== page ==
SANTORO: Did you ask them to share their stories of what they had to do both physically and emotionally to leave their homeland behind?

COHEN: You know it’s interesting, I think we had a bit of conversation about what it took to get them out of Syria, but the primary goal, in order to humanize them and create connection with American audiences, was to learn about them as people. We wanted to know what their favorite TV shows are, we wanted to know what their favorite food is from their childhood, what some of their memories are of their grandparents, what brings them joy, what keeps them up at night. The kind of questions that we ask each other.

SANTORO: Describe the looks on some of their faces as you were photographing them.

COHEN: A lot of them were being photographed for the first time, so there was the standard nervousness, and to be honest with you, we made it a little bit difficult for them because when we did the photographs, they were primarily over the winter, and I didn’t want any of the images to look like they had been shot in winter, so we set up settings that didn’t look like winter. But we were outside, and it was about 30 degrees, so they were bundled up in coats and scarves until just before we took the pictures.

Kefah, a woman featured in "Faces of Syrian Refugees."
Michael Cohen

SANTORO: These pictures that are on view at Boston City Hall are not just small pictures that are hanging on the wall. These are, in some cases, larger than life.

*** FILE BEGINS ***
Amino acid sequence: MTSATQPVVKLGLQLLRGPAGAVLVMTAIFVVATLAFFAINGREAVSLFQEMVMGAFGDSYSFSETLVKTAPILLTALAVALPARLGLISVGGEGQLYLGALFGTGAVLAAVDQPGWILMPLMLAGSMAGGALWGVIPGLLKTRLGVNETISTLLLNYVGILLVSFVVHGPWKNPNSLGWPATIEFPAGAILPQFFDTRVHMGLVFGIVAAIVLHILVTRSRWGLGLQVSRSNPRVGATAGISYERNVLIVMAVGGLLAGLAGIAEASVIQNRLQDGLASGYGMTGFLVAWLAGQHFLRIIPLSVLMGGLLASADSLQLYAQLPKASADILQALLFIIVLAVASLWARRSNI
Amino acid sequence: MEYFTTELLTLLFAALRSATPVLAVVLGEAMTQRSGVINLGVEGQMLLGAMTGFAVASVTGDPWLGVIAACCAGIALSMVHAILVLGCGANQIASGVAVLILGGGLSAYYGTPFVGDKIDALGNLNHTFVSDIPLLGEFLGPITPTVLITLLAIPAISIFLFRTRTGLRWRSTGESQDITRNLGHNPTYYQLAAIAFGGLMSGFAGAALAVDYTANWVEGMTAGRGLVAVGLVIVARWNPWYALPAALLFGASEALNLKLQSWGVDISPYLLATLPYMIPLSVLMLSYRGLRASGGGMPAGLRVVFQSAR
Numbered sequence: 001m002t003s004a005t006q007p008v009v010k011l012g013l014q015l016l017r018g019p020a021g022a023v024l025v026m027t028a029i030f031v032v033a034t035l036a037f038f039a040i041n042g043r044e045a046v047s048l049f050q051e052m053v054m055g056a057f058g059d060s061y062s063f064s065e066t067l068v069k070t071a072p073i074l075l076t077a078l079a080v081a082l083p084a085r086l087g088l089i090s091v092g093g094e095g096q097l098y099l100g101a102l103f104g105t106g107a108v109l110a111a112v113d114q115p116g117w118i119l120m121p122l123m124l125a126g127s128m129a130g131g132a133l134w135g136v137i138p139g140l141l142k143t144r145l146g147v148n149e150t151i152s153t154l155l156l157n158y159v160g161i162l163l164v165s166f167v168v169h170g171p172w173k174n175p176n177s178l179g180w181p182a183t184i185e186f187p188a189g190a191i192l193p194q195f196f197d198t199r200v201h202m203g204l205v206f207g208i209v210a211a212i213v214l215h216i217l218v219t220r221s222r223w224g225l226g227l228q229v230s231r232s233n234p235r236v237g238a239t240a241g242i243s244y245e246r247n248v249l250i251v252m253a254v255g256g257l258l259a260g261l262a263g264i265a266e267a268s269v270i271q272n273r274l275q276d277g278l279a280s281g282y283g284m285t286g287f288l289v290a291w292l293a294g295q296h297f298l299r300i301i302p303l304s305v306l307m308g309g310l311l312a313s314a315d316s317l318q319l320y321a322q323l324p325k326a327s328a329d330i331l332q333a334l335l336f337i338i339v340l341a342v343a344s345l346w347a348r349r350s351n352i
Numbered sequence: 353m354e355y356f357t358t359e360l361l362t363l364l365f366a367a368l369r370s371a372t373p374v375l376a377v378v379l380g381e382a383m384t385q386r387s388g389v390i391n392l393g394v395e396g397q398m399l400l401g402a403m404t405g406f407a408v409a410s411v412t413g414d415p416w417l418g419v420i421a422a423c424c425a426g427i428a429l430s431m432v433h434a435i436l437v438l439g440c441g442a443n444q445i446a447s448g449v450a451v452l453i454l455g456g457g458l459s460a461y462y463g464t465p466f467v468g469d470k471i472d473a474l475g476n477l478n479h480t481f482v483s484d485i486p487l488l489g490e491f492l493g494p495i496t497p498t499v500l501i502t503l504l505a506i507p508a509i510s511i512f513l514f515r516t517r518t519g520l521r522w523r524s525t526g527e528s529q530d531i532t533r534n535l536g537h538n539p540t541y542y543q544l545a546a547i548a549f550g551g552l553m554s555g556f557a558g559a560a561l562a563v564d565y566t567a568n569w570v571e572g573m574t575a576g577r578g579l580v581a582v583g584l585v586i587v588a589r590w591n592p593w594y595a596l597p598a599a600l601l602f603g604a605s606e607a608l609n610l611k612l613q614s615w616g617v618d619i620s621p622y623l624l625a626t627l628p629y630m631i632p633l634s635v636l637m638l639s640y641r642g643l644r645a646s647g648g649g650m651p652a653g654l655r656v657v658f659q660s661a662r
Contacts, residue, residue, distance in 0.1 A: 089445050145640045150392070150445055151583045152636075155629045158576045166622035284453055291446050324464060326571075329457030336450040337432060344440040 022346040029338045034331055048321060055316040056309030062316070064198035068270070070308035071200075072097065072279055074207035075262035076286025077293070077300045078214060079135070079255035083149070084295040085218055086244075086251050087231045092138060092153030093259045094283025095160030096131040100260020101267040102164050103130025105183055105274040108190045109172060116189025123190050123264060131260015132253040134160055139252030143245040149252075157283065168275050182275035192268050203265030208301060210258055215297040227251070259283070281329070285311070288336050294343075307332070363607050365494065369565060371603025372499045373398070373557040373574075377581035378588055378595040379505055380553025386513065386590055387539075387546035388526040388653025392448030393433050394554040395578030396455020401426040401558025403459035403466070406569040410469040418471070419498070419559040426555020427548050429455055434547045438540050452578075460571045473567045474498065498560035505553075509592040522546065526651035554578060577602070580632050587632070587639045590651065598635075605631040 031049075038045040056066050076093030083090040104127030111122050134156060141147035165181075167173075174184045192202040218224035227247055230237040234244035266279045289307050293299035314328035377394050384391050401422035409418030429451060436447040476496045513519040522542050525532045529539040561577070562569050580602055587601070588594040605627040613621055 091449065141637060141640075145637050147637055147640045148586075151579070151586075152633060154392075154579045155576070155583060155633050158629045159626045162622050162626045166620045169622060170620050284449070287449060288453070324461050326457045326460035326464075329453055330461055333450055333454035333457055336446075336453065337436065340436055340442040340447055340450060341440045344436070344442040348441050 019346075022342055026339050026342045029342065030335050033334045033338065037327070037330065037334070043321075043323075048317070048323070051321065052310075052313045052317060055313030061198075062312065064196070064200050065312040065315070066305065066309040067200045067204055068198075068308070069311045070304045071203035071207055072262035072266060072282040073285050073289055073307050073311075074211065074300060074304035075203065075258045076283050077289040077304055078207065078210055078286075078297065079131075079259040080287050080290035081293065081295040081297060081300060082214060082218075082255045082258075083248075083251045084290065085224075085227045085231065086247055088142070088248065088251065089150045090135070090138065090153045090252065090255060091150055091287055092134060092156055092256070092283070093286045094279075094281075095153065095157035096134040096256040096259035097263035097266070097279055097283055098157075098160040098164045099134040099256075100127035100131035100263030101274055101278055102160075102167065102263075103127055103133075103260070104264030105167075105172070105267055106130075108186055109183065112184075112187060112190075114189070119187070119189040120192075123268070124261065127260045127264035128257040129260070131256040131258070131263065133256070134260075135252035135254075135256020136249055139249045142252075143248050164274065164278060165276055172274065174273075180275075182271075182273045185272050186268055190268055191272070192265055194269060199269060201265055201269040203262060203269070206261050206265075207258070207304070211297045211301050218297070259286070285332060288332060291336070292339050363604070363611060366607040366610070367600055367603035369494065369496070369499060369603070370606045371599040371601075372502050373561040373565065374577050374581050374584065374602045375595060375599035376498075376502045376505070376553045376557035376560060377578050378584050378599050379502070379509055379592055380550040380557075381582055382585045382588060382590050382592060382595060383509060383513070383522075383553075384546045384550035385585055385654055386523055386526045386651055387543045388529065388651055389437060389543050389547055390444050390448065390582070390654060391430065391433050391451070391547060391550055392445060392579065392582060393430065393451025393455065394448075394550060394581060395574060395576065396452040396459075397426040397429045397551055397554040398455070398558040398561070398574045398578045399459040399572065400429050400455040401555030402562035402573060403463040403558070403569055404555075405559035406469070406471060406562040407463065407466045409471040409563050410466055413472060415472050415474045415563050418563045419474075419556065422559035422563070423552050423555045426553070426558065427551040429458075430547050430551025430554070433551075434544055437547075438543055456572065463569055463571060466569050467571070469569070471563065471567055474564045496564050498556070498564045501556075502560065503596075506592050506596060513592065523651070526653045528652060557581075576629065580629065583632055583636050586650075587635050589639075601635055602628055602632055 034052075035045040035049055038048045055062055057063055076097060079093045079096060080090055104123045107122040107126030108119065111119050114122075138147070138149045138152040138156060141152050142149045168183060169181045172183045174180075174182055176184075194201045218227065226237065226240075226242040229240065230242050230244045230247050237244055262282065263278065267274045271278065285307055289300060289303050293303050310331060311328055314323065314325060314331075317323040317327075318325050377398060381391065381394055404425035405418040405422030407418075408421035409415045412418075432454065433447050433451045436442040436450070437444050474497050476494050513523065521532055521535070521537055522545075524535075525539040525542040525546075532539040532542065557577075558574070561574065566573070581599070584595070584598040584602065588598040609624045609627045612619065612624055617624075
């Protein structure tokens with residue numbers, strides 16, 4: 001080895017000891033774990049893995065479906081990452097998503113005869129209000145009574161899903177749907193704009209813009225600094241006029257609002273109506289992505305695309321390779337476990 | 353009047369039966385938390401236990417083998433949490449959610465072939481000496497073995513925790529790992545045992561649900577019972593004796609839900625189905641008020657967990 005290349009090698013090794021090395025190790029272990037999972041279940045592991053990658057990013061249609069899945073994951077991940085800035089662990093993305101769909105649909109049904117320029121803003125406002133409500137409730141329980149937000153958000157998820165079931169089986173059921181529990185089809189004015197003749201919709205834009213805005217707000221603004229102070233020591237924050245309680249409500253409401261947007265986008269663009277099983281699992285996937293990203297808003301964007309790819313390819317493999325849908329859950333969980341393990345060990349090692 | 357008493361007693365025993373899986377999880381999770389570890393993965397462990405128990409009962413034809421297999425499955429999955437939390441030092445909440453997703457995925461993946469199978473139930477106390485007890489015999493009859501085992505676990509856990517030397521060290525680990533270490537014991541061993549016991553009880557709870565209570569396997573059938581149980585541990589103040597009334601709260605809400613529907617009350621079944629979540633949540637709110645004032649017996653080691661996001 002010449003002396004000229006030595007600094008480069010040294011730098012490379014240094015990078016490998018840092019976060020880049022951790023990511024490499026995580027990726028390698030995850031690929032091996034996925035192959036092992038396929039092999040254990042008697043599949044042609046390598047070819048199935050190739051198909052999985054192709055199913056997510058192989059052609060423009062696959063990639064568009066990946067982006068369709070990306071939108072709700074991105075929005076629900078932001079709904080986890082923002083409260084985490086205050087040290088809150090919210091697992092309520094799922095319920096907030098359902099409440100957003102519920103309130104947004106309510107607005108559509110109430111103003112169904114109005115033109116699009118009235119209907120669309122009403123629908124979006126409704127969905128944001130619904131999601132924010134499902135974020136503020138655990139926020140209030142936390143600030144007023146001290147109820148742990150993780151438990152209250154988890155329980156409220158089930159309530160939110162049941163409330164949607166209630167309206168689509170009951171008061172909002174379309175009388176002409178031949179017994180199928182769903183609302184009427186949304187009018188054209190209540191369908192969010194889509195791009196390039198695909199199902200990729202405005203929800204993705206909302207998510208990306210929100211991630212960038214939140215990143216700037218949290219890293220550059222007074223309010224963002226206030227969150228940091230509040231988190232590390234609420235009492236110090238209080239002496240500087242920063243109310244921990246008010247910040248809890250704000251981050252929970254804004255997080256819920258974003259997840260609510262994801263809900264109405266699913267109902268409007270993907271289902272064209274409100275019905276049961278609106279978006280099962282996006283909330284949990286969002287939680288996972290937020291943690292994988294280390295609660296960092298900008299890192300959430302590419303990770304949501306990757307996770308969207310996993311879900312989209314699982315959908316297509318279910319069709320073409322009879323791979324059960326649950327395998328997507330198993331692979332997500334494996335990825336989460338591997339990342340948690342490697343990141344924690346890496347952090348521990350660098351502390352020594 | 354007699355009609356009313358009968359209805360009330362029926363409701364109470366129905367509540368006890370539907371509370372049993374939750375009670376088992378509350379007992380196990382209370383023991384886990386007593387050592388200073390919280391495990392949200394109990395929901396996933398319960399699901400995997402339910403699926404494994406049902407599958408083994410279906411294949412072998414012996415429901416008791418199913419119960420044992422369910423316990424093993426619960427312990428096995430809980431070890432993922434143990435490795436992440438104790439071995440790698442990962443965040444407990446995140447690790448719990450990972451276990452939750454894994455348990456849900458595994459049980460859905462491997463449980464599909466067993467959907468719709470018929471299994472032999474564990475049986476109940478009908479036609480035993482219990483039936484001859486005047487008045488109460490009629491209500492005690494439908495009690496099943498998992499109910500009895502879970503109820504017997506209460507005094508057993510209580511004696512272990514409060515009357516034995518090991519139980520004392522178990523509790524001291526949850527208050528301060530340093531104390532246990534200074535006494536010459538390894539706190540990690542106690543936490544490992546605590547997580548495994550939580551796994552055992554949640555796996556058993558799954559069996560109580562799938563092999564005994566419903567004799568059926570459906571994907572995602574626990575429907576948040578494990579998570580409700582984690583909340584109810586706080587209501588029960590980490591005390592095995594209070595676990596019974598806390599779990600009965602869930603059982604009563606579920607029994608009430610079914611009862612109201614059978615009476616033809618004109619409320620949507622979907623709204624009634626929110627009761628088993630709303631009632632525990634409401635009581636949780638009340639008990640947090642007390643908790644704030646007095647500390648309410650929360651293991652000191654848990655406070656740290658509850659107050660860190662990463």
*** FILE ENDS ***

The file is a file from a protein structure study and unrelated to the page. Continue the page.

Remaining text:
COHEN: Well, we wanted to create some impact, and the impact is in both the number of images and the size of the images, and what you’ll find is that each refugee has two photographs: one that is full head-to-toe, and it’s printed six feet tall so it’s life-size, and then right next to it, also six feet tall, is a facial portrait, so, with eyes about …

SANTORO: Eyes the size of soccer balls.

COHEN: Yeah, and you know, you’re right there with them and you really feel like you’re there.

Ahmed, a man featured in "Faces of Syrian Refugees."
Michael Cohen

SANTORO: So let me ask you this: there is, of course, a political component to all of this, with President Trump’s travel ban that would restrict Syrians from coming into the United States that is working its way through the court system. And Boston Mayor Marty Walsh has been an outspoken critic of President Trump. Does any of this play a role in this exhibit being shown inside City Hall?

COHEN: There have been polls across the country that show that the majority of Americans don’t want Syrian refugees here. Our goal was to help educate people so that they can form an educated opinion. By seeing Syrian refugees at their best, and having an understanding how they can contribute to their communities, we’re teaching Americans something that perhaps they don’t already know.

SANTORO: Now, this exhibit is up through the end of the month, through June 30. How proud are you to have its premiere in the city that you live in?

COHEN: Well, we have had opportunities to have the exhibit in various other parts of the country where it will travel after Boston. But I was insistent that my hometown where I grew up and where I still live and love, that’s where we had to premiere this.